You would have to have lived in Salt Lake County awhile to remember the last time the county enacted a general tax increase that didn't come in the form of a voter initiative. The year was 2000, and the old commission form of government was ending, giving way to the current mayor-council form.
We pushed for that form-of-government change, arguing that it would make budgeting and taxing issues more representative and deliberative. Even though county Mayor Peter Corroon now is proposing a budget that would increase property taxes by $20.85 per year on the average homeowner, we still think this is true.
There is much truth to the argument that governments should avoid any and all tax increases during a time of economic downturn. As governments struggle to find money and provide services, the poor taxpayer often takes one hit after another as special service districts, school boards, city councils, counties and the state each add their own tiny amounts to the general tax burden. The tiny amounts add up to burdens that further impede economic growth.
And yet it would be hard to argue that Corroon is being irresponsible, or that he hasn't made the county bear its own share of cuts. Under his budget proposal, each county employee's salary would be cut by 2.75 percent. The county no longer would match its employees' 401(k) contributions. About 300 county jobs would be eliminated through early retirements and attrition — an overall reduction of 7.4 percent. Employee health insurance coverage would be reduced by 10 percent.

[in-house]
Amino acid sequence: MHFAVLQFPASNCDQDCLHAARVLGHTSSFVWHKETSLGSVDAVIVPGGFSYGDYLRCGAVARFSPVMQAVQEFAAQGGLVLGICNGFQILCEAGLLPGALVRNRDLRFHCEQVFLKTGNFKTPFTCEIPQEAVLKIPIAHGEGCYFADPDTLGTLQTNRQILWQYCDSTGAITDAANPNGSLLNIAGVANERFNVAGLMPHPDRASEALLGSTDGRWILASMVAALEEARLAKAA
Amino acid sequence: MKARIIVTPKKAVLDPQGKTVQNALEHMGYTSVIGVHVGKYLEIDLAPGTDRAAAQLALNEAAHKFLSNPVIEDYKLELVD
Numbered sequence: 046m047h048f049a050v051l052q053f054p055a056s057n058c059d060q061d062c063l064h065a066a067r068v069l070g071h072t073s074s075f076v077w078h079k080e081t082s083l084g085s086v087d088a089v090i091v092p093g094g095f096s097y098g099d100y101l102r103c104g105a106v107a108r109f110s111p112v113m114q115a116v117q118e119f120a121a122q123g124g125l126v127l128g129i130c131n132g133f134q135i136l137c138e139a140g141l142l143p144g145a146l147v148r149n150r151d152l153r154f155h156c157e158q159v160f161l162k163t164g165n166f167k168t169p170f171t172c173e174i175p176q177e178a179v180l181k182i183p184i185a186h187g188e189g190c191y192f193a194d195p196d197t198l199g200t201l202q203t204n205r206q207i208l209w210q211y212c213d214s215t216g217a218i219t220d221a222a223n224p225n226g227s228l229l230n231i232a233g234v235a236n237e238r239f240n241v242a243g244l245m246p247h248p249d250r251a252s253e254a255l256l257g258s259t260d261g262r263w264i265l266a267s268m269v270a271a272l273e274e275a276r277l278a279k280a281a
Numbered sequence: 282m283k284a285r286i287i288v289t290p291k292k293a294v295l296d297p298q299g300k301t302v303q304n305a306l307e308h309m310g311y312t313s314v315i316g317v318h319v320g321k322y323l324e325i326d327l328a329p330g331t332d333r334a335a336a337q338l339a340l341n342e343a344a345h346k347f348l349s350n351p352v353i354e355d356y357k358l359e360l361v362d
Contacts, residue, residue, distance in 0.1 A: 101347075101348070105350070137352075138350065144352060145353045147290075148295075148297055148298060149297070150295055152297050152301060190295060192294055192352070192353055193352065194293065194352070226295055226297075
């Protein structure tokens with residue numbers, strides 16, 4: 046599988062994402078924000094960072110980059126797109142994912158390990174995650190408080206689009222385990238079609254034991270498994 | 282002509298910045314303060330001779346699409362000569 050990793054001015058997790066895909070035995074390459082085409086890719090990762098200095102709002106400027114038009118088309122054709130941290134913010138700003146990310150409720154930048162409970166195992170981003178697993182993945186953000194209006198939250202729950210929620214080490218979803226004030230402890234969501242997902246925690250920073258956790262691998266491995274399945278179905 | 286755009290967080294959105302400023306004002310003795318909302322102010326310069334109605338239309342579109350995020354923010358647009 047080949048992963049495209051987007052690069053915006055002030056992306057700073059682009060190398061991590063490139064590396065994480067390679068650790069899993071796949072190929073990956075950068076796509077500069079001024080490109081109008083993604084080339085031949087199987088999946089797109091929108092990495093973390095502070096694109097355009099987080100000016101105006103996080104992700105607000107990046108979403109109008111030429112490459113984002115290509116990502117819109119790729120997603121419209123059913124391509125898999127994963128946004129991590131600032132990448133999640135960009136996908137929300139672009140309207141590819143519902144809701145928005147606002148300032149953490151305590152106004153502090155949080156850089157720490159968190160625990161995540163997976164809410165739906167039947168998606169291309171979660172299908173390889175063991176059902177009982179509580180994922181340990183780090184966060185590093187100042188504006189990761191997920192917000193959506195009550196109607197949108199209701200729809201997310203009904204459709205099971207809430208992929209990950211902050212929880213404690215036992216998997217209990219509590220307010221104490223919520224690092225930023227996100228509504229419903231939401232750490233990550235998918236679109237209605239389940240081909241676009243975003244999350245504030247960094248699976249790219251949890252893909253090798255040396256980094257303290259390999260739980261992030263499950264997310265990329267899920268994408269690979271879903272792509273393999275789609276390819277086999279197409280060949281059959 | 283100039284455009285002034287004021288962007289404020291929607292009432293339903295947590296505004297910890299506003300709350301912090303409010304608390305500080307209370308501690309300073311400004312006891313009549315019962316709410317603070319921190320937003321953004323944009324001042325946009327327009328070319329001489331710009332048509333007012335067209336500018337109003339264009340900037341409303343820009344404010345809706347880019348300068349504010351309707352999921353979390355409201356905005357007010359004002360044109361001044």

In all, 275 cuts would be made to the overall budget. But Corroon said he couldn't cut any more without harming important services to the elderly, the poor, children or public safety.
In the meantime, the economy is hurting the county, as it is all local and state governments. Sales tax collections have slipped so low that the county no longer can afford to pay off the bond debt on certain projects voters approved through the years. To solve this, the mayor would like to shift the debt to property taxes and enact the small increase mentioned earlier.
We wish this wasn't so, and we would be happy if someone on the County Council could come up with another plan that would avoid a tax increase while still providing essential services and maintaining the county's triple-A bond rating, which ultimately saves taxpayers a lot of money. But counties and other local governments often find themselves in the same position as the lonely taxpayer. The state, in order to avoid its own tax increases, piles burdens on them, from soccer stadiums to mandated increases in retirement contributions, that force them to find extra money.
We doubt the old commission form of government would have held the line on taxes as long as this. Corroon's plan, on the whole, seems a good answer to difficult circumstances.